Middle School Already?
Updated: Jan 25, 2020
As kids approach upper elementary school, parents often turn their thoughts to middle school. Maybe you don’t love your feeder middle school, maybe a smaller class size, or maybe an alternative math pathway. Whatever your reasons, there are many options for middle school in San Francisco.
SFUSD Public Schools
All SFUSD public elementary schools have a feeder middle school. Except for K-8’s, the middle school feeder is not automatic nor guaranteed, but most children can get acceptance to their feeder, the huge majority in round 1, and the remainder over the summer. Language pathways also have feeders, and while not guaranteed, due to attrition, again, the assignment should be satisfactory, if not in round 1, then by the end of the summer. Due to the feeder system, it is highly unlikely to obtain an assignment at a popular non-feeder middle school, so be open minded to your own feeder. You must apply for middle school, and you may turn your application into your child’s SFUSD middle school.
This school year, three middle schools are piloting a new middle school curriculum that includes a block schedule and more time for electives. This curriculum will be rolled out to other SFUSD middle schools for the 2020-21 school year. Applicable to some, SFUSD does not offer Algebra I in middle school as they believe in waiting for high school to offer math acceleration pathways. Some parents address this with outside academic programs, such as online math. If you go this route, and your child takes a UC-approved Algebra I, they may take a placement test in 9th grade called the MVT.
Charter Schools (Public)
Several charter schools offer middle school programs, including programs that start in 5th or 6th grade. Each charter runs its own lottery, typically online from their website. Some of the K-8 charters add seats for 6th grade, but these will be more competitive than applying to a charter the first year it starts, ie 5th or 6th grade.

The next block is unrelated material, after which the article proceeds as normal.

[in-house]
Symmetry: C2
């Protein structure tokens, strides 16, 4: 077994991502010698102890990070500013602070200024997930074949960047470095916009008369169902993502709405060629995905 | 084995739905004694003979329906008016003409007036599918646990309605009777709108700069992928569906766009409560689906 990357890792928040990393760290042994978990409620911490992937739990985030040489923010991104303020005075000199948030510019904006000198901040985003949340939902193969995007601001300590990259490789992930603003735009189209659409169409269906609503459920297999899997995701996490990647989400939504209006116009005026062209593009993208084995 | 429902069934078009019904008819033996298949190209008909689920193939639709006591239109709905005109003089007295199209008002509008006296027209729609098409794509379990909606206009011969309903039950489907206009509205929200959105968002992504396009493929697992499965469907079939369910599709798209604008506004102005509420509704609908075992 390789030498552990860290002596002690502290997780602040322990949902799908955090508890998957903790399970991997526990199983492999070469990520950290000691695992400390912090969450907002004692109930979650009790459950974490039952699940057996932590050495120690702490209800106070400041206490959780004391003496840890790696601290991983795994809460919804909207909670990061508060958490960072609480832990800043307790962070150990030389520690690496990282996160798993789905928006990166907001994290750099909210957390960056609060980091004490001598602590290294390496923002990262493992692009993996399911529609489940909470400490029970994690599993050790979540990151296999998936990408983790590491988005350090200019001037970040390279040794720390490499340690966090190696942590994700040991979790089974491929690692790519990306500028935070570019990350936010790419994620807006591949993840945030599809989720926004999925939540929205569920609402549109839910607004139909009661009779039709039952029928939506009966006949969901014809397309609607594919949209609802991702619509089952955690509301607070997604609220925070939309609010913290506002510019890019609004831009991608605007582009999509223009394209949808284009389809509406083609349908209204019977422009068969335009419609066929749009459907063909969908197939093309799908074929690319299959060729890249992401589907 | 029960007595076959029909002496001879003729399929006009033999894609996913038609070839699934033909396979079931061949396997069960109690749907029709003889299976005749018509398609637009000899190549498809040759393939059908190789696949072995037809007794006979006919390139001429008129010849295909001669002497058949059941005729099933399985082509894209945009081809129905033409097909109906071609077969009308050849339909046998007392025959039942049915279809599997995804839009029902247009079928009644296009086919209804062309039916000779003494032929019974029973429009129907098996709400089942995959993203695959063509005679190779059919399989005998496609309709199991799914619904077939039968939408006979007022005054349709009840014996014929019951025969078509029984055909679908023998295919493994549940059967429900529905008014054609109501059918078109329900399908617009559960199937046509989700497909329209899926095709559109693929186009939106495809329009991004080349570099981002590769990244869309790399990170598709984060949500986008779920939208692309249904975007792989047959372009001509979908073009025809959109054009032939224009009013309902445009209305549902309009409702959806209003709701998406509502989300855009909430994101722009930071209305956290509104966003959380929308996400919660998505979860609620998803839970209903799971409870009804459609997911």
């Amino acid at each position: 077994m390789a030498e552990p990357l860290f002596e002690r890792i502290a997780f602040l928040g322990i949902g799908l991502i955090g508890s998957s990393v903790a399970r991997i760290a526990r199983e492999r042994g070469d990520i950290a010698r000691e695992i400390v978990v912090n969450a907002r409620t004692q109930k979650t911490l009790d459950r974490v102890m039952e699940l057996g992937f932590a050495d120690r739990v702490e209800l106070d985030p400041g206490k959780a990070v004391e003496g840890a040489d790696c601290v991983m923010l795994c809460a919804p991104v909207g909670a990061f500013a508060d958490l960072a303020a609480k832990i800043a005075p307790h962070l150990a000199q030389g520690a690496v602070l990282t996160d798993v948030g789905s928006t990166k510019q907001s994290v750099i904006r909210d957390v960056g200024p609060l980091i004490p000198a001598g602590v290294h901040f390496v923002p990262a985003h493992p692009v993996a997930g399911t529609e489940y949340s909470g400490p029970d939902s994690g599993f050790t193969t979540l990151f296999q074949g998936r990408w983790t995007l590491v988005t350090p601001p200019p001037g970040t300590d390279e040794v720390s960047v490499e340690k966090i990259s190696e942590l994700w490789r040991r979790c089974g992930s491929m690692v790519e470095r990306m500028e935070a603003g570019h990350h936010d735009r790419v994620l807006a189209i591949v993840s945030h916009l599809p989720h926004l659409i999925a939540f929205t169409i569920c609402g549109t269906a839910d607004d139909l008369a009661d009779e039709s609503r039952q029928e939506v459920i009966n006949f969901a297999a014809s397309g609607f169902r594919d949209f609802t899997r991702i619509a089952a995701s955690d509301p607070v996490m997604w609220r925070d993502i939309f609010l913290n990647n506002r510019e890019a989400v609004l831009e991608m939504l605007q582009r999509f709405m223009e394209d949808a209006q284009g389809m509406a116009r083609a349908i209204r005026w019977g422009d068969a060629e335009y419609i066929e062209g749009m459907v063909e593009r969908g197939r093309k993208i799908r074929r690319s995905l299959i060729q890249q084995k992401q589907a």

Charter curriculum must meet the same endpoints as SFUSD curriculum, but can do so with different methods. As of this writing, only one charter middle school offers Algebra I, so families take a similar approach as district families, and either wait for high school or supplement with online math.
Independent Schools (Private)
Many K-8 and K-12 independent schools add seats for middle school. Be on time! Many of the middle school slots at independent K-8’s are added in 5th grade, as schools have trended towards moving 5th grade to middle school. Some newer independent schools start at 6th grade. Outside of San Francisco inside the Bay Area, there are many independent schools for 6th-12th grade.
Independent school curriculum varies by school. They may be progresive or traditional, they may include advanced math, they may have block schedules, or they may have their own way of approaching education. It’s critical to learn about each school individually and not to create any categorical judgments. Private schools will often call themselves progressive or traditional. Progressive schools typically offer a hands on curriculum, such as inquiry-based learning or project-based learning. Some independent schools offer Algebra I in 8th grade or earlier, and others do not. Most offer a foreign language in middle school, even those that are not immersion schools, but this is not uniform.
Most independent school class sizes are in the 15-20 range, with one teacher, whereas public middle schools may have 30-35 kids per class. To that end, overall school sizes are much smaller than the stand alone SFUSD middle schools; some children prefer the intimacy of 40 children per grade, while others prefer a larger environment with more social circles.
The process for independent school involves mutual selection, including the following steps. Most independent schools have agreed to a common notification and decision date, so that you are not required to respond before hearing from all. This deadline is typically after you will receive your SFUSD and charter school notifications, allowing you full information before placing a deposit, but you will need to commit to a year of tuition at most schools before SFUSD round 2 results.
Tour and open house. Tours are mandatory, and the open houses are highly recommended. Most open houses for middle school include your child, but not younger siblings. My kid’s favorite part were mini-classes, which gave him a snapshot into how the schools teach.